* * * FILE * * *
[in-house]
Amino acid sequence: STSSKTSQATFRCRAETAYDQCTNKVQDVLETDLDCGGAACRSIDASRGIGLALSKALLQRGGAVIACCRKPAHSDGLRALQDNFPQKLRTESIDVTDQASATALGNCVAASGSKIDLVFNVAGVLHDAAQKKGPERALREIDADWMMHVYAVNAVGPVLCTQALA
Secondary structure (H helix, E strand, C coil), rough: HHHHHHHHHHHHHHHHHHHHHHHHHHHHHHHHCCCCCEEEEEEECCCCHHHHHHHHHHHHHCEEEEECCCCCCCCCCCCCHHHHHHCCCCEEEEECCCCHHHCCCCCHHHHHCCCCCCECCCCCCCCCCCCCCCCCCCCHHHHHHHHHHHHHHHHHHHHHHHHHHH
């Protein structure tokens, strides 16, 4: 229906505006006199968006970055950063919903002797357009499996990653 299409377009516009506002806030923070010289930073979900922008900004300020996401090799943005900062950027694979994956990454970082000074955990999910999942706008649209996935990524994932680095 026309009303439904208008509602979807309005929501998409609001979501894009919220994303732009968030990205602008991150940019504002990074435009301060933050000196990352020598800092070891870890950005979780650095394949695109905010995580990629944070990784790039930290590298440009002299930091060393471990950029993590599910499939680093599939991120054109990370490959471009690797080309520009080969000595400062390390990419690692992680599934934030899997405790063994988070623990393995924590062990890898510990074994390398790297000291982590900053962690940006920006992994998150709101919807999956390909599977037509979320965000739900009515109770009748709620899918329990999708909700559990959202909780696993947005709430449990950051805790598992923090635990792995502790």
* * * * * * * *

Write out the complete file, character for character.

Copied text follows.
[in-house]
Amino acid sequence: STSSKTSQATFRCRAETAYDQCTNKVQDVLETDLDCGGAACRSIDASRGIGLALSKALLQRGGAVIACCRKPAHSDGLRALQDNFPQKLRTESIDVTDQASATALGNCVAASGSKIDLVFNVAGVLHDAAQKKGPERALREIDADWMMHVYAVNAVGPVLCTQALA
Secondary structure (H helix, E strand, C coil), rough: HHHHHHHHHHHHHHHHHHHHHHHHHHHHHHHHCCCCCEEEEEEECCCCHHHHHHHHHHHHHCEEEEECCCCCCCCCCCCCHHHHHHCCCCEEEEECCCCHHHCCCCCHHHHHCCCCCCECCCCCCCCCCCCCCCCCCCCHHHHHHHHHHHHHHHHHHHHHHHHHHH
């Protein structure tokens, strides 16, 4: 229906505006006199968006970055950063919903002797357009499996990653 299409377009516009506002806030923070010289930073979900922008900004300020996401090799943005900062950027694979994956990454970082000074955990999910999942706008649209996935990524994932680095 026309009303439904208008509602979807309005929501998409609001979501894009919220994303732009968030990205602008991150940019504002990074435009301060933050000196990352020598800092070891870890950005979780650095394949695109905010995580990629944070990784790039930290590298440009002299930091060393471990950029993590599910499939680093599939991120054109990370490959471009690797080309520009080969000595400062390390990419690692992680599934934030899997405790063994988070623990393995924590062990890898510990074994390398790297000291982590900053962690940006920006992994998150709101919807999956390909599977037509979320965000739900009515109770009748709620899918329990999708909700559990959202909780696993947005709430449990950051805790598992923090635990792995502790």